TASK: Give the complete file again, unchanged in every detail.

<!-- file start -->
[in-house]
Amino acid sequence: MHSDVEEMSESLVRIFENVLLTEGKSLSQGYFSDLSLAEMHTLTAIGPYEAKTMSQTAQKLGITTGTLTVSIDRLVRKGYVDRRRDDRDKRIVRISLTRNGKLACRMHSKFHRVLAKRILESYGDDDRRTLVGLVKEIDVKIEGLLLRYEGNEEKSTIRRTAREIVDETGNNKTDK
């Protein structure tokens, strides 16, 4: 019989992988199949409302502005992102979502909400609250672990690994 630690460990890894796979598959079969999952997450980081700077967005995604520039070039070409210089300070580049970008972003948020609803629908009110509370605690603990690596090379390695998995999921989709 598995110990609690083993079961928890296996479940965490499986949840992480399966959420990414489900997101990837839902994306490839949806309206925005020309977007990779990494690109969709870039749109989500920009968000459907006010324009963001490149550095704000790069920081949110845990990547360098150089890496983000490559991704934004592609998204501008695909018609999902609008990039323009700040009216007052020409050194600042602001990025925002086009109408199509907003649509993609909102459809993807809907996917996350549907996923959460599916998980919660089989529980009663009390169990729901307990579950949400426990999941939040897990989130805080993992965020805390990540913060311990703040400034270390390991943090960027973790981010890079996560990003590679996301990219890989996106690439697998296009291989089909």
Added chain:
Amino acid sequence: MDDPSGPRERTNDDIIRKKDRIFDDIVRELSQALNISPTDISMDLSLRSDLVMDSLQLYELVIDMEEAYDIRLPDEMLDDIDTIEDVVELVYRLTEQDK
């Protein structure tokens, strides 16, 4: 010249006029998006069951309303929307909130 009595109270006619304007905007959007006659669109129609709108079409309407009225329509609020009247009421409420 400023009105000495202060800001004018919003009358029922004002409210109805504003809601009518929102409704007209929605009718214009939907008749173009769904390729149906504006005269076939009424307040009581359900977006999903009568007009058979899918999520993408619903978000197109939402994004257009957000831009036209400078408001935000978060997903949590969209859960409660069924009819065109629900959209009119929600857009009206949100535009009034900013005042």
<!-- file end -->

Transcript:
[in-house]
Amino acid sequence: MHSDVEEMSESLVRIFENVLLTEGKSLSQGYFSDLSLAEMHTLTAIGPYEAKTMSQTAQKLGITTGTLTVSIDRLVRKGYVDRRRDDRDKRIVRISLTRNGKLACRMHSKFHRVLAKRILESYGDDDRRTLVGLVKEIDVKIEGLLLRYEGNEEKSTIRRTAREIVDETGNNKTDK
């Protein structure tokens, strides 16, 4: 019989992988199949409302502005992102979502909400609250672990690994 630690460990890894796979598959079969999952997450980081700077967005995604520039070039070409210089300070580049970008972003948020609803629908009110509370605690603990690596090379390695998995999921989709 598995110990609690083993079961928890296996479940965490499986949840992480399966959420990414489900997101990837839902994306490839949806309206925005020309977007990779990494690109969709870039749109989500920009968000459907006010324009963001490149550095704000790069920081949110845990990547360098150089890496983000490559991704934004592609998204501008695909018609999902609008990039323009700040009216007052020409050194600042602001990025925002086009109408199509907003649509993609909102459809993807809907996917996350549907996923959460599916998980919660089989529980009663009390169990729901307990579950949400426990999941939040897990989130805080993992965020805390990540913060311990703040400034270390390991943090960027973790981010890079996560990003590679996301990219890989996106690439697998296009291989089909």
Added chain:
Amino acid sequence: MDDPSGPRERTNDDIIRKKDRIFDDIVRELSQALNISPTDISMDLSLRSDLVMDSLQLYELVIDMEEAYDIRLPDEMLDDIDTIEDVVELVYRLTEQDK
């Protein structure tokens, strides 16, 4: 010249006029998006069951309303929307909130 009595109270006619304007905007959007006659669109129609709108079409309407009225329509609020009247009421409420 400023009105000495202060800001004018919003009358029922004002409210109805504003809601009518929102409704007209929605009718214009939907008749173009769904390729149906504006005269076939009424307040009581359900977006999903009568007009058979899918999520993408619903978000197109939402994004257009957000831009036209400078408001935000978060997903949590969209859960409660069924009819065109629900959209009119929600857009009206949100535009009034900013005042």